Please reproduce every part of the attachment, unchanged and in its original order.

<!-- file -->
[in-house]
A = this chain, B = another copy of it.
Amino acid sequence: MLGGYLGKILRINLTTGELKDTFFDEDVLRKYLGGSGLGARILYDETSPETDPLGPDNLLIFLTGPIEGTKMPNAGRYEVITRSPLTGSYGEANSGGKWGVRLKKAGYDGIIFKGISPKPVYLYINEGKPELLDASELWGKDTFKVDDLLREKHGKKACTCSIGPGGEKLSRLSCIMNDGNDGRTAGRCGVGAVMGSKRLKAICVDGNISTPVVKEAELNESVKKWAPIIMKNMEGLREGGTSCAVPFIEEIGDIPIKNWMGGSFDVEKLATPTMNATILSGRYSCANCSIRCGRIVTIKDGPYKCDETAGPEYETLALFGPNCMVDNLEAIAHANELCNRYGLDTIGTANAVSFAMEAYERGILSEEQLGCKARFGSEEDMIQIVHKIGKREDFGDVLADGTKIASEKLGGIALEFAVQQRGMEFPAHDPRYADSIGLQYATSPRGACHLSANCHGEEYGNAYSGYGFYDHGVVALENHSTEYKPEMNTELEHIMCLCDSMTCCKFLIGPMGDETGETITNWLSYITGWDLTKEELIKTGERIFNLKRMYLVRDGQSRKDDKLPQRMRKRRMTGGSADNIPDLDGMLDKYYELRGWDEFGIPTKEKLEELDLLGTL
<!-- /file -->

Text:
[in-house]
A = this chain, B = another copy of it.
Amino acid sequence: MLGGYLGKILRINLTTGELKDTFFDEDVLRKYLGGSGLGARILYDETSPETDPLGPDNLLIFLTGPIEGTKMPNAGRYEVITRSPLTGSYGEANSGGKWGVRLKKAGYDGIIFKGISPKPVYLYINEGKPELLDASELWGKDTFKVDDLLREKHGKKACTCSIGPGGEKLSRLSCIMNDGNDGRTAGRCGVGAVMGSKRLKAICVDGNISTPVVKEAELNESVKKWAPIIMKNMEGLREGGTSCAVPFIEEIGDIPIKNWMGGSFDVEKLATPTMNATILSGRYSCANCSIRCGRIVTIKDGPYKCDETAGPEYETLALFGPNCMVDNLEAIAHANELCNRYGLDTIGTANAVSFAMEAYERGILSEEQLGCKARFGSEEDMIQIVHKIGKREDFGDVLADGTKIASEKLGGIALEFAVQQRGMEFPAHDPRYADSIGLQYATSPRGACHLSANCHGEEYGNAYSGYGFYDHGVVALENHSTEYKPEMNTELEHIMCLCDSMTCCKFLIGPMGDETGETITNWLSYITGWDLTKEELIKTGERIFNLKRMYLVRDGQSRKDDKLPQRMRKRRMTGGSADNIPDLDGMLDKYYELRGWDEFGIPTKEKLEELDLLGTL